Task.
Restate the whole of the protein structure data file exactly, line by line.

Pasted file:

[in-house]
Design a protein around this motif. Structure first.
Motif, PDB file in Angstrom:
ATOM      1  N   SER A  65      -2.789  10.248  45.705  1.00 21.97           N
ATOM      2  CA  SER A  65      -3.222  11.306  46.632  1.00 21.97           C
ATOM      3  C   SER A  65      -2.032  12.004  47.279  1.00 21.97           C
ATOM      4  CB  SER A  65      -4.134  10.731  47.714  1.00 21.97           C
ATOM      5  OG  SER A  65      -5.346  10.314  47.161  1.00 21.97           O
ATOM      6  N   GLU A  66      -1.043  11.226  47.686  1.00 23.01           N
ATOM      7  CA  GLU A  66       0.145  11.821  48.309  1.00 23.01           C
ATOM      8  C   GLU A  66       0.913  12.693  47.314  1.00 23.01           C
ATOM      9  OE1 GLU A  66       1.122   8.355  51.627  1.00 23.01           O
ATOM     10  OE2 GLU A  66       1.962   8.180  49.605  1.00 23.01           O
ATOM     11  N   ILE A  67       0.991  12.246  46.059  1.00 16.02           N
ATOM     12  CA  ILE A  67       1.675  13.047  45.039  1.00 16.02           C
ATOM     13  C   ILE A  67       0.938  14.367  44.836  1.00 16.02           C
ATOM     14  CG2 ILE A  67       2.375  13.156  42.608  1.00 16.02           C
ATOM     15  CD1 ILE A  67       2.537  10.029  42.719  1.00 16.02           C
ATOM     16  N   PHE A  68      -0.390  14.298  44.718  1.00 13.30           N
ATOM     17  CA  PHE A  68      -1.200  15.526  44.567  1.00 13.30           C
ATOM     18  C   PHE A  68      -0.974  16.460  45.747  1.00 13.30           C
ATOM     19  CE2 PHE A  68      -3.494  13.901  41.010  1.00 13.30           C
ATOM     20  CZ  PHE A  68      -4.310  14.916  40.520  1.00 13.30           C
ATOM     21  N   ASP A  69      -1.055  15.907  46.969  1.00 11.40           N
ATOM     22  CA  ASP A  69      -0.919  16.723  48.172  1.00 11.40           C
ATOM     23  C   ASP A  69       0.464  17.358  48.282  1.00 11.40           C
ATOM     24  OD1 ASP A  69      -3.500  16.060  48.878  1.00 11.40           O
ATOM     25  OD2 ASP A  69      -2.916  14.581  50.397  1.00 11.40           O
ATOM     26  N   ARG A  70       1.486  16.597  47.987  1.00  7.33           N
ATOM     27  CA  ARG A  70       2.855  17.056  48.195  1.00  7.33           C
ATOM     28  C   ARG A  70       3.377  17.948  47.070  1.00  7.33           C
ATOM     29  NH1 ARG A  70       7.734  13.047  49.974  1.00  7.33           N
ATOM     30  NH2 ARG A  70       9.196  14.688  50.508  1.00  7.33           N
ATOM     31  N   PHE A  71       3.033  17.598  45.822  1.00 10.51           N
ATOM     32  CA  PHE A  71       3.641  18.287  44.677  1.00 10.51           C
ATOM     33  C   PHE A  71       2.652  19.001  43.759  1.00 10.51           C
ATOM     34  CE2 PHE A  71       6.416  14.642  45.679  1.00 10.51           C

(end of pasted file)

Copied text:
[in-house]
Design a protein around this motif. Structure first.
Motif, PDB file in Angstrom:
ATOM      1  N   SER A  65      -2.789  10.248  45.705  1.00 21.97           N
ATOM      2  CA  SER A  65      -3.222  11.306  46.632  1.00 21.97           C
ATOM      3  C   SER A  65      -2.032  12.004  47.279  1.00 21.97           C
ATOM      4  CB  SER A  65      -4.134  10.731  47.714  1.00 21.97           C
ATOM      5  OG  SER A  65      -5.346  10.314  47.161  1.00 21.97           O
ATOM      6  N   GLU A  66      -1.043  11.226  47.686  1.00 23.01           N
ATOM      7  CA  GLU A  66       0.145  11.821  48.309  1.00 23.01           C
ATOM      8  C   GLU A  66       0.913  12.693  47.314  1.00 23.01           C
ATOM      9  OE1 GLU A  66       1.122   8.355  51.627  1.00 23.01           O
ATOM     10  OE2 GLU A  66       1.962   8.180  49.605  1.00 23.01           O
ATOM     11  N   ILE A  67       0.991  12.246  46.059  1.00 16.02           N
ATOM     12  CA  ILE A  67       1.675  13.047  45.039  1.00 16.02           C
ATOM     13  C   ILE A  67       0.938  14.367  44.836  1.00 16.02           C
ATOM     14  CG2 ILE A  67       2.375  13.156  42.608  1.00 16.02           C
ATOM     15  CD1 ILE A  67       2.537  10.029  42.719  1.00 16.02           C
ATOM     16  N   PHE A  68      -0.390  14.298  44.718  1.00 13.30           N
ATOM     17  CA  PHE A  68      -1.200  15.526  44.567  1.00 13.30           C
ATOM     18  C   PHE A  68      -0.974  16.460  45.747  1.00 13.30           C
ATOM     19  CE2 PHE A  68      -3.494  13.901  41.010  1.00 13.30           C
ATOM     20  CZ  PHE A  68      -4.310  14.916  40.520  1.00 13.30           C
ATOM     21  N   ASP A  69      -1.055  15.907  46.969  1.00 11.40           N
ATOM     22  CA  ASP A  69      -0.919  16.723  48.172  1.00 11.40           C
ATOM     23  C   ASP A  69       0.464  17.358  48.282  1.00 11.40           C
ATOM     24  OD1 ASP A  69      -3.500  16.060  48.878  1.00 11.40           O
ATOM     25  OD2 ASP A  69      -2.916  14.581  50.397  1.00 11.40           O
ATOM     26  N   ARG A  70       1.486  16.597  47.987  1.00  7.33           N
ATOM     27  CA  ARG A  70       2.855  17.056  48.195  1.00  7.33           C
ATOM     28  C   ARG A  70       3.377  17.948  47.070  1.00  7.33           C
ATOM     29  NH1 ARG A  70       7.734  13.047  49.974  1.00  7.33           N
ATOM     30  NH2 ARG A  70       9.196  14.688  50.508  1.00  7.33           N
ATOM     31  N   PHE A  71       3.033  17.598  45.822  1.00 10.51           N
ATOM     32  CA  PHE A  71       3.641  18.287  44.677  1.00 10.51           C
ATOM     33  C   PHE A  71       2.652  19.001  43.759  1.00 10.51           C
ATOM     34  CE2 PHE A  71       6.416  14.642  45.679  1.00 10.51           C